Landrieu’s Gun Vote: A Possible Political Explanation
Posted at 2:45 p.m. on April 19
Landrieu’s voting record stands out from other vulnerable Democrats up for re-election next year. (Bill Clark/CQ Roll Call File Photo)
Three red-state Democratic senators up for re-election next year – Alaska’s Mark Begich, Arkansas’ Mark Pryor and Montana’s Max Baucus – voted against the gun control measure offered by Sens. Joe Manchin III, D-W.Va., and Patrick J. Toomey, R-Pa., but not Louisiana Democratic Sen. Mary L. Landrieu.
Republicans are already licking their chops, barely able to hide their glee and control their euphoria. And they may well defeat Landrieu next year, when she seeks a fourth term. But anyone who thinks Landrieu is politically deaf ought to think again.
I don’t know whether Landrieu can survive her gun vote – or her votes for the Democratic Senate budget and the Obama health care bill – but the veteran Democrat certainly had political reasons for doing what she did on guns (if politics was part of her calculation).
Landrieu always depends on a huge turnout in the black community and a near sweep of the black vote to win election, and voting against the president on guns might have poisoned her relationship with that community. And if Mary loses black voters, Mary can’t win.
In 2008, according to exit polling in the Senate contest, when she last stood for re-election, Landrieu won 96 percent of the black vote to 2 percent for Republican John Kennedy, the state treasurer. Interestingly, Landrieu received a larger percentage of the black vote in Louisiana than did Barack Obama (94 percent), according to the presidential exit poll.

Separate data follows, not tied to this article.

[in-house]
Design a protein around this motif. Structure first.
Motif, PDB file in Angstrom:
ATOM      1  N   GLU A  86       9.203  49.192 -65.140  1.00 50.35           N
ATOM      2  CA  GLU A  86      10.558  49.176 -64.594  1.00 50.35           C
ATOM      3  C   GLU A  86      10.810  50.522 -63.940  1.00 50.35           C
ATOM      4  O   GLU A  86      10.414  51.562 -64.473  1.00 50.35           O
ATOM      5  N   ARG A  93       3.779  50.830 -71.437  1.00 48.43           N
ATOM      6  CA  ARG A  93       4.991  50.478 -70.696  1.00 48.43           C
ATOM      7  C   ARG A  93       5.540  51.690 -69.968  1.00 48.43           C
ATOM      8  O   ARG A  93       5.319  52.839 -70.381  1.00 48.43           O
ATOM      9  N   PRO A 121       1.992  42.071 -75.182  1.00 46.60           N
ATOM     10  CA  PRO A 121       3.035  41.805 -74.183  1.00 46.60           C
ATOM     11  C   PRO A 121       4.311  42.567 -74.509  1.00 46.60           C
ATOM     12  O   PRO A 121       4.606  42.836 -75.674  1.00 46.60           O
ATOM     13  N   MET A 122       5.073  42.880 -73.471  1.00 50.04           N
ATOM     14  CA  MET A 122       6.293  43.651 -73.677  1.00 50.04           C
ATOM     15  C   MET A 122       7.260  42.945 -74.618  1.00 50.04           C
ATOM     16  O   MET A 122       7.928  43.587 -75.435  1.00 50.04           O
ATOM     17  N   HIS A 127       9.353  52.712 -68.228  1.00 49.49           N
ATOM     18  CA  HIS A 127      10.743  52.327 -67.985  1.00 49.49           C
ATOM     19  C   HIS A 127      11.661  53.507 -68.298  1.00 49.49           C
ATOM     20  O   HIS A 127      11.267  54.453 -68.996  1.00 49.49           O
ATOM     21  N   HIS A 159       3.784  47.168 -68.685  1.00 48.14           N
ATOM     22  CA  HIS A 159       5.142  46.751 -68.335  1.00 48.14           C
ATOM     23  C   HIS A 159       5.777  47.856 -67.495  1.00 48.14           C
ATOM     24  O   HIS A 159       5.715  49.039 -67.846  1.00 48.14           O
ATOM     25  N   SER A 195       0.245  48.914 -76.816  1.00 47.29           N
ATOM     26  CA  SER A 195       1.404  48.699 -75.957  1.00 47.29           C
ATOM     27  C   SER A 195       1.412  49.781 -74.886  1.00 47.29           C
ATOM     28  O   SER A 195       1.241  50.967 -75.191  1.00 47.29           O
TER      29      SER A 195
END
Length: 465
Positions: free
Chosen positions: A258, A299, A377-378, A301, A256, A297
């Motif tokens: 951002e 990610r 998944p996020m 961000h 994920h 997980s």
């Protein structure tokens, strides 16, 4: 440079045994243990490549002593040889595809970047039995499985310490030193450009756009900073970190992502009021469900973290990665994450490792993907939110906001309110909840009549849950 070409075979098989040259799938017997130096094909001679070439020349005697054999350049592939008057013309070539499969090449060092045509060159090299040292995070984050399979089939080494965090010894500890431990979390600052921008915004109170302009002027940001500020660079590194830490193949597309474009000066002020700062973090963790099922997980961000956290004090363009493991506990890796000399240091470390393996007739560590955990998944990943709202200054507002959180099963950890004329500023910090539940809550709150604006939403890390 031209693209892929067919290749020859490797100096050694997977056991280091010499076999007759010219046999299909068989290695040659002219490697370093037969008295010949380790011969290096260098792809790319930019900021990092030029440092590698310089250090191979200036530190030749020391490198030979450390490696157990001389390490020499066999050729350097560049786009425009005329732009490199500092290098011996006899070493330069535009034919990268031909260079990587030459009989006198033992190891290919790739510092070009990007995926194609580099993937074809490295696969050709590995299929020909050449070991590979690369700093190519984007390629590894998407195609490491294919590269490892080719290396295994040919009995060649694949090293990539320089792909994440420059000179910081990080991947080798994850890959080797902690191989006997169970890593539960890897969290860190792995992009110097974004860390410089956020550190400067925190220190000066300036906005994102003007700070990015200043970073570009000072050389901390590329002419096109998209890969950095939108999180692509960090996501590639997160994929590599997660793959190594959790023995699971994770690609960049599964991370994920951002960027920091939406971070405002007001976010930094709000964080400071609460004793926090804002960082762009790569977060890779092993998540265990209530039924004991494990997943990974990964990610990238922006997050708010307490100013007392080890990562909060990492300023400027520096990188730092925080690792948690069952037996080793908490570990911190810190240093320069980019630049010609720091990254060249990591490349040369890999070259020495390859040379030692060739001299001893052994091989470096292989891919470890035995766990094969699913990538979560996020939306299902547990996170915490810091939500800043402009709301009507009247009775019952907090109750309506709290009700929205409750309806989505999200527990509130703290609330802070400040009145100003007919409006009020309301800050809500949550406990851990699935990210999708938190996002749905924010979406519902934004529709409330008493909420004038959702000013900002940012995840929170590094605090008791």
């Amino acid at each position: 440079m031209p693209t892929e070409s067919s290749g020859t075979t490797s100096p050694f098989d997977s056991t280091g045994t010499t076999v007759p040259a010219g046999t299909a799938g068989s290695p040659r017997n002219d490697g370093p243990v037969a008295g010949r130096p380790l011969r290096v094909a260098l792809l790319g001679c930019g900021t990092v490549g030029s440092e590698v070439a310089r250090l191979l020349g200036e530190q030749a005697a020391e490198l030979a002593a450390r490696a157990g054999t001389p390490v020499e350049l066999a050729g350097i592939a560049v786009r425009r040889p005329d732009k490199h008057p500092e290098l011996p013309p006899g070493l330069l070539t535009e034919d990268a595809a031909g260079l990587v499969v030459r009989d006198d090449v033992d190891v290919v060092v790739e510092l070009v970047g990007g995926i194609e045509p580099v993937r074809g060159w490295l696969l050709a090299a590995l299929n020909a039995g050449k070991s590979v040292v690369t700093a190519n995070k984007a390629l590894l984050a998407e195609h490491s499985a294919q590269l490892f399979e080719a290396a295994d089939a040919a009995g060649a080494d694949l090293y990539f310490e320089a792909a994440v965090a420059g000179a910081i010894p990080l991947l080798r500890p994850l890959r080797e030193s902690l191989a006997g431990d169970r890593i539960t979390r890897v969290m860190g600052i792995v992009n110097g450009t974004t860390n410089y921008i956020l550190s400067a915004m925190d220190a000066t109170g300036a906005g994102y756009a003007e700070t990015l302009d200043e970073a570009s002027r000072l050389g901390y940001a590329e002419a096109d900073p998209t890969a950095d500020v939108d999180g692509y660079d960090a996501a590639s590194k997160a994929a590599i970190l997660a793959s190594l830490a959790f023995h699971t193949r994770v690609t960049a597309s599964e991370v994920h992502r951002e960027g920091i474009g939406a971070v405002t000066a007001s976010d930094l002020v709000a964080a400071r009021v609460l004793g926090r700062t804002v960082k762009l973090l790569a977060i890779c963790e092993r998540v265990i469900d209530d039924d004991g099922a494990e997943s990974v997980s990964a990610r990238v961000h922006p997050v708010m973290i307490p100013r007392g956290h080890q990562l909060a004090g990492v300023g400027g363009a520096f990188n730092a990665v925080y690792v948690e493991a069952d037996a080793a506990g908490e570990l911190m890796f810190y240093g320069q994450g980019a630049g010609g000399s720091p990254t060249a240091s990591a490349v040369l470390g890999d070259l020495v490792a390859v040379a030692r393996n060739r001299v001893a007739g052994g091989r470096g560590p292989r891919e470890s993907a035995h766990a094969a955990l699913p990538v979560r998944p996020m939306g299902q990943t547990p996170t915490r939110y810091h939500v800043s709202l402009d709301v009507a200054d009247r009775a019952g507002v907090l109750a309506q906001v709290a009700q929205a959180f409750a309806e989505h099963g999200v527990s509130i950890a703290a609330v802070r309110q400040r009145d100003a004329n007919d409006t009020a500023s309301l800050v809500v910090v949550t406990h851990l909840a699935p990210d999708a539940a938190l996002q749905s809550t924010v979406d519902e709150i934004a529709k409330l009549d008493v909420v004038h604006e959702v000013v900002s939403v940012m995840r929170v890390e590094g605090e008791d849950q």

Landrieu lost white voters to Kennedy, 65 percent to 33 percent, but she easily outperformed Obama that year among whites, since he carried just 14 percent of white voters in the state in his White House bid.
Landrieu ended up winning with 52 percent statewide, while Obama drew only 40 percent of the vote in the Pelican State.
Obviously, Landrieu needs to hit certain percentages of both black and white votes to win, but if politics starts with base voters, Landrieu knows which voters she can’t afford to lose during her 2014 re-election bid. She must have a huge black turnout, and she must win almost unanimous support in that community. Her support in the white community, after all, is not likely to increase between 2008 and 2014.
Of course, Landrieu has a problem. Black turnout is likely to drop off in the next midterm, just as it did between 2008 — when African-Americans constituted 29 percent of the electorate — and 2010, when they were only 24 percent of the electorate. If that happens again, Landrieu will have a huge political migraine. (Unfortunately, there was no Louisiana exit poll in 2012.)
So the Democratic senator needs to find ways to boost black turnout in 2014, and guns may be one way to do that.
So, while Sens. Begich, Pryor and Heidi Heitkamp, D-N.D., need to be focused on their appeal with white, conservative voters, Mary Landrieu must have a very different constituency in mind as she approaches her bid for re-election next year. And her vote on the gun compromise actually makes political sense.